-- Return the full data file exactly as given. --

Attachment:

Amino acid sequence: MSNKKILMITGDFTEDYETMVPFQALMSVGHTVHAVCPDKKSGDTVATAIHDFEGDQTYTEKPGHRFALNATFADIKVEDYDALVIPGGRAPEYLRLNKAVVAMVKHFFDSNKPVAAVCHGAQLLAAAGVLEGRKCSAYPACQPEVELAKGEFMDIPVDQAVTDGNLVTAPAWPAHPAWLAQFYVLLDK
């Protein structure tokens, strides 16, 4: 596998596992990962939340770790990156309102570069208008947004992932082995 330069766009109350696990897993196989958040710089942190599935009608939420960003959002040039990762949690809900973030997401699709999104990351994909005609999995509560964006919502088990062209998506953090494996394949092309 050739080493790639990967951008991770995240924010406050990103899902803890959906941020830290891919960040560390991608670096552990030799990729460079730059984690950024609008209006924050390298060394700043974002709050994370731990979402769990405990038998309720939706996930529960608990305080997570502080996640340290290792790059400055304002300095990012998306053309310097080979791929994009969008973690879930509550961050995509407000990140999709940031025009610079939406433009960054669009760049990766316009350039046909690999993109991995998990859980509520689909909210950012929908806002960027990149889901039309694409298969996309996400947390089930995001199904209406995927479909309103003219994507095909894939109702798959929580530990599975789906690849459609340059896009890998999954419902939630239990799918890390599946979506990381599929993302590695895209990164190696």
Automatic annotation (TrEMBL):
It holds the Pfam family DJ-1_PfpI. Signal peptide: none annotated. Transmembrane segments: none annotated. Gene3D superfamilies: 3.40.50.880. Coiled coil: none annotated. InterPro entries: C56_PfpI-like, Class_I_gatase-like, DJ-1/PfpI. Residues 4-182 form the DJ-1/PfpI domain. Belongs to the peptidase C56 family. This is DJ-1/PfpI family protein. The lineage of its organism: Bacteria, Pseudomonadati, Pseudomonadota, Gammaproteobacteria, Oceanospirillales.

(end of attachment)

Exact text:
Amino acid sequence: MSNKKILMITGDFTEDYETMVPFQALMSVGHTVHAVCPDKKSGDTVATAIHDFEGDQTYTEKPGHRFALNATFADIKVEDYDALVIPGGRAPEYLRLNKAVVAMVKHFFDSNKPVAAVCHGAQLLAAAGVLEGRKCSAYPACQPEVELAKGEFMDIPVDQAVTDGNLVTAPAWPAHPAWLAQFYVLLDK
């Protein structure tokens, strides 16, 4: 596998596992990962939340770790990156309102570069208008947004992932082995 330069766009109350696990897993196989958040710089942190599935009608939420960003959002040039990762949690809900973030997401699709999104990351994909005609999995509560964006919502088990062209998506953090494996394949092309 050739080493790639990967951008991770995240924010406050990103899902803890959906941020830290891919960040560390991608670096552990030799990729460079730059984690950024609008209006924050390298060394700043974002709050994370731990979402769990405990038998309720939706996930529960608990305080997570502080996640340290290792790059400055304002300095990012998306053309310097080979791929994009969008973690879930509550961050995509407000990140999709940031025009610079939406433009960054669009760049990766316009350039046909690999993109991995998990859980509520689909909210950012929908806002960027990149889901039309694409298969996309996400947390089930995001199904209406995927479909309103003219994507095909894939109702798959929580530990599975789906690849459609340059896009890998999954419902939630239990799918890390599946979506990381599929993302590695895209990164190696």
Automatic annotation (TrEMBL):
It holds the Pfam family DJ-1_PfpI. Signal peptide: none annotated. Transmembrane segments: none annotated. Gene3D superfamilies: 3.40.50.880. Coiled coil: none annotated. InterPro entries: C56_PfpI-like, Class_I_gatase-like, DJ-1/PfpI. Residues 4-182 form the DJ-1/PfpI domain. Belongs to the peptidase C56 family. This is DJ-1/PfpI family protein. The lineage of its organism: Bacteria, Pseudomonadati, Pseudomonadota, Gammaproteobacteria, Oceanospirillales.